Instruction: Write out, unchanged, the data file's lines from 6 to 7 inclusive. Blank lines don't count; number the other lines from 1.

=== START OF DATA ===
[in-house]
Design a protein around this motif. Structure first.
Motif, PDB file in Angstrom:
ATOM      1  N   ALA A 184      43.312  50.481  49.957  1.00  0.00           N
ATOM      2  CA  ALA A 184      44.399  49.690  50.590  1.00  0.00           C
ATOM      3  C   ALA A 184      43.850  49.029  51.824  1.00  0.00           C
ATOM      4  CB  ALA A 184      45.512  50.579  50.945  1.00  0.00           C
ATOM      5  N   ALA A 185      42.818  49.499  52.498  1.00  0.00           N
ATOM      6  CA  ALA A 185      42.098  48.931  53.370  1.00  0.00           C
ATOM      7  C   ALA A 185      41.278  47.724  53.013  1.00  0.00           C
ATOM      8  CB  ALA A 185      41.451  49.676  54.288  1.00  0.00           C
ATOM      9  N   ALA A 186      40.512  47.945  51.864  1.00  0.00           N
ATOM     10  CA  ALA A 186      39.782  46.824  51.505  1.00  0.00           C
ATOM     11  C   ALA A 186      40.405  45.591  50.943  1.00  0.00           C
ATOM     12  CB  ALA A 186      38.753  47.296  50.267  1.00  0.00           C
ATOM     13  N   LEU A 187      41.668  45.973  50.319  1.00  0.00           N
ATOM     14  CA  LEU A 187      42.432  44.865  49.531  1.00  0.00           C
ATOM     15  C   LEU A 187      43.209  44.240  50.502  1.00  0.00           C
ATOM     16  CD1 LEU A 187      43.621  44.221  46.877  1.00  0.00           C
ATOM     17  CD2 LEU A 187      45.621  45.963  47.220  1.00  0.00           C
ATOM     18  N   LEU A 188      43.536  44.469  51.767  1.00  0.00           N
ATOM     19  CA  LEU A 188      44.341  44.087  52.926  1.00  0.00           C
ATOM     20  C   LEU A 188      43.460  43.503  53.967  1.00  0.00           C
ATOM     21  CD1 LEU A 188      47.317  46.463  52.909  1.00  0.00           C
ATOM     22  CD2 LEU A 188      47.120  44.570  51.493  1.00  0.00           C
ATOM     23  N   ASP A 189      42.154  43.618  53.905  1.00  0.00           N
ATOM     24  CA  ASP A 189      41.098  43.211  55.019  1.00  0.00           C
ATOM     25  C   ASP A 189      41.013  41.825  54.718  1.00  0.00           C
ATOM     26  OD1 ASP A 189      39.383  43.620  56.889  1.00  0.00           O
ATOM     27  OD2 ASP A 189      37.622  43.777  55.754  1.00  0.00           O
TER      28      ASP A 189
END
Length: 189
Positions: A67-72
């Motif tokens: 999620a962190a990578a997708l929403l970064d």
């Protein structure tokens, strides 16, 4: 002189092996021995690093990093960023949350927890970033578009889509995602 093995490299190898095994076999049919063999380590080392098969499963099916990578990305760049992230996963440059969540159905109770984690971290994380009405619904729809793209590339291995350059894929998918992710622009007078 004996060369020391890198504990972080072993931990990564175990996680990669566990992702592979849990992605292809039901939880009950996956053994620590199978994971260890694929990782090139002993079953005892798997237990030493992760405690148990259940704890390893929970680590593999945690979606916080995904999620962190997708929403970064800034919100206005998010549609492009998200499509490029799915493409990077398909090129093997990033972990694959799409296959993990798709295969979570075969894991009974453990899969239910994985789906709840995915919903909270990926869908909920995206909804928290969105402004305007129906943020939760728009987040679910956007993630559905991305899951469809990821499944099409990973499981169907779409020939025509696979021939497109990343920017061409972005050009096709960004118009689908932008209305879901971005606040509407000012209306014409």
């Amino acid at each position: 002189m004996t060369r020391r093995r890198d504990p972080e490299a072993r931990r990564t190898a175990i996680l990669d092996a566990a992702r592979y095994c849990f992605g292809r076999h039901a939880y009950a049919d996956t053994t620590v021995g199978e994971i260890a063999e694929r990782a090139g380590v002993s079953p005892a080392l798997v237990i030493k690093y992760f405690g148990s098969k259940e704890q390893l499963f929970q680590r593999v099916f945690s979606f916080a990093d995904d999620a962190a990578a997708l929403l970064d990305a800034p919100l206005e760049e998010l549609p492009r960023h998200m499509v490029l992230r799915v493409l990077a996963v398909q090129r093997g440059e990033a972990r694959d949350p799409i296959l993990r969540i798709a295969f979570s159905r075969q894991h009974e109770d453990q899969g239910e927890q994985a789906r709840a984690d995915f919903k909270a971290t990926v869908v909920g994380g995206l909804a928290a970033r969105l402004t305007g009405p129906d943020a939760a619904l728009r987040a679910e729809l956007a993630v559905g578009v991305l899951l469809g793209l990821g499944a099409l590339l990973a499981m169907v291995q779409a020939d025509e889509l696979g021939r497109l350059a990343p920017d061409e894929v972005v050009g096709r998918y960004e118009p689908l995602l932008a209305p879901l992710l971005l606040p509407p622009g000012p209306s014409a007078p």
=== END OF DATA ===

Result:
ATOM      3  C   ALA A 184      43.850  49.029  51.824  1.00  0.00           C
ATOM      4  CB  ALA A 184      45.512  50.579  50.945  1.00  0.00           C